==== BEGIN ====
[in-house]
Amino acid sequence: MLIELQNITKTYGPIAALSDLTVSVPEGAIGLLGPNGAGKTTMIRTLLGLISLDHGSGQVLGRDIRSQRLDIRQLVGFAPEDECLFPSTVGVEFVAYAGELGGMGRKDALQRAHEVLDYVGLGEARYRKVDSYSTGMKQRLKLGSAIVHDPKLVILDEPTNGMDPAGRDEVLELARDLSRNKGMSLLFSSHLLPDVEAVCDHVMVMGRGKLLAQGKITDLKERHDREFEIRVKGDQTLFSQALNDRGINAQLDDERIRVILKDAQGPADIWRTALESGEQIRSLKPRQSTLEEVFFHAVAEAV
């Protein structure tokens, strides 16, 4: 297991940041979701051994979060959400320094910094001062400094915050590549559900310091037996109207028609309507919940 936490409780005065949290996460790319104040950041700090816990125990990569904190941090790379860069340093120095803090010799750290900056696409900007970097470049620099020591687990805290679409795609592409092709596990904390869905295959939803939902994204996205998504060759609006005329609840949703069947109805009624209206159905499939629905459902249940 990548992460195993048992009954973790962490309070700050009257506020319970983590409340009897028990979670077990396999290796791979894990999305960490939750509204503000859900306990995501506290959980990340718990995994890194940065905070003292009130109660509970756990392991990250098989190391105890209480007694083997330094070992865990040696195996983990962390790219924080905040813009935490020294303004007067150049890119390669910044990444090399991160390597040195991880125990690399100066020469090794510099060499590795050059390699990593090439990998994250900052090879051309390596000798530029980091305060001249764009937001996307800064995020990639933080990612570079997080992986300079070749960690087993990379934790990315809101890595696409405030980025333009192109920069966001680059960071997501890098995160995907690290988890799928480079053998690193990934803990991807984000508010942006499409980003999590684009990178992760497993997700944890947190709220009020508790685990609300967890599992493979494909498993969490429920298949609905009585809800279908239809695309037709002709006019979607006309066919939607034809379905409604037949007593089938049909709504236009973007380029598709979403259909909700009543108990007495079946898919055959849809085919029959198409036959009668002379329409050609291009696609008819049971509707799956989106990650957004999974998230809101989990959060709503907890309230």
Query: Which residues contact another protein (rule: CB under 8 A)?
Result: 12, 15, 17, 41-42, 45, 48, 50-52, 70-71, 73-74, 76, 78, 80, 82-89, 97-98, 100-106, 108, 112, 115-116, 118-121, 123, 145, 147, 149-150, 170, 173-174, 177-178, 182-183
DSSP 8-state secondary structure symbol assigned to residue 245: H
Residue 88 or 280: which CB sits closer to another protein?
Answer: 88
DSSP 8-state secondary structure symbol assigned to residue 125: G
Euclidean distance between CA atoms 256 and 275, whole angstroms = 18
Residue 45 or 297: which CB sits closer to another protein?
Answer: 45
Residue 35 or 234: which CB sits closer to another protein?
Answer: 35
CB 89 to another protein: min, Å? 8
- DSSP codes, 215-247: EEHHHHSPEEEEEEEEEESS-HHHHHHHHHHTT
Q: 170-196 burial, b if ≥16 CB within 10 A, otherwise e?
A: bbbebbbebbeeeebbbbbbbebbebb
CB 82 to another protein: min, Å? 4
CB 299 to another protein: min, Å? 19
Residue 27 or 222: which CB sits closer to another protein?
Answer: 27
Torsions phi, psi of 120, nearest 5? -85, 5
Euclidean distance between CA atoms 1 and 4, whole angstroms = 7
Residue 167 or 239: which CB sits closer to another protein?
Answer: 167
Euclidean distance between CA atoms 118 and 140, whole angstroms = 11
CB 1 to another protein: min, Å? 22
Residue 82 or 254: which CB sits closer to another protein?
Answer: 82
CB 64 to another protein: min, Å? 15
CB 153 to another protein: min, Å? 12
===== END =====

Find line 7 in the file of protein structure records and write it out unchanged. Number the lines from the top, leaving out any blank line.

Residue 88 or 280: which CB sits closer to another protein?